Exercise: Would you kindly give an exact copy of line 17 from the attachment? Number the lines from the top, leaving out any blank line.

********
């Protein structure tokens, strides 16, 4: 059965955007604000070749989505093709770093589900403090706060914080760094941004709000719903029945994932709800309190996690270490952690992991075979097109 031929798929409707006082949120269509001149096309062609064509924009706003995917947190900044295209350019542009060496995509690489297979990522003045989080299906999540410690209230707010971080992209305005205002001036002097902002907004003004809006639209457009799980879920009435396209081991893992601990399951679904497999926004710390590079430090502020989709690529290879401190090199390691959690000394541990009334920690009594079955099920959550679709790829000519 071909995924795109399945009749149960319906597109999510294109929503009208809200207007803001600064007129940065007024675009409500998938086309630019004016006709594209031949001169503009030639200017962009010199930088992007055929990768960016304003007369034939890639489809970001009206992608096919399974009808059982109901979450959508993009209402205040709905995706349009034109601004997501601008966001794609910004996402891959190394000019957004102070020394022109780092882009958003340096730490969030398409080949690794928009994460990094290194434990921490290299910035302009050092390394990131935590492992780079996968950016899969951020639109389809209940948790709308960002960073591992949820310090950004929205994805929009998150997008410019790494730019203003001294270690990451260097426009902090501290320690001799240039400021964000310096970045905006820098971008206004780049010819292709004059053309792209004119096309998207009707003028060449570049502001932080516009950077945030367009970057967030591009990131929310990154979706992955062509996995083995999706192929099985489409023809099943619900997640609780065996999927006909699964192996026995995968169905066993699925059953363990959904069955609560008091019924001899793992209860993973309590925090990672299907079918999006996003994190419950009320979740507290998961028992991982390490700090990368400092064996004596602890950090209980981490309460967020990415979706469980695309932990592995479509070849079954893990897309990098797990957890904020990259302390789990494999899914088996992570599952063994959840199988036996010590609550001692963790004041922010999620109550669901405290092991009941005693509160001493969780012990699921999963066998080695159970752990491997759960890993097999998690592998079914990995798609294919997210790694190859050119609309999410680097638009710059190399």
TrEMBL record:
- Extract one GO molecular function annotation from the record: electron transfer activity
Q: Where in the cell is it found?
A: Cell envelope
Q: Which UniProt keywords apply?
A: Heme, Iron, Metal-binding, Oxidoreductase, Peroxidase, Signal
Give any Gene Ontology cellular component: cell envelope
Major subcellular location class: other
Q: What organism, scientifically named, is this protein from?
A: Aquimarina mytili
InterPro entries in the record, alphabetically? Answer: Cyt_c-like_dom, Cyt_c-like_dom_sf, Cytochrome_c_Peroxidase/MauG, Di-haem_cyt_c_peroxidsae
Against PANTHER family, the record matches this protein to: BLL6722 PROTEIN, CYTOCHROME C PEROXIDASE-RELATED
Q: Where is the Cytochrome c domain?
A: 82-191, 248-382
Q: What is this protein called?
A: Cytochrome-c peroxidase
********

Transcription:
A: Cytochrome-c peroxidase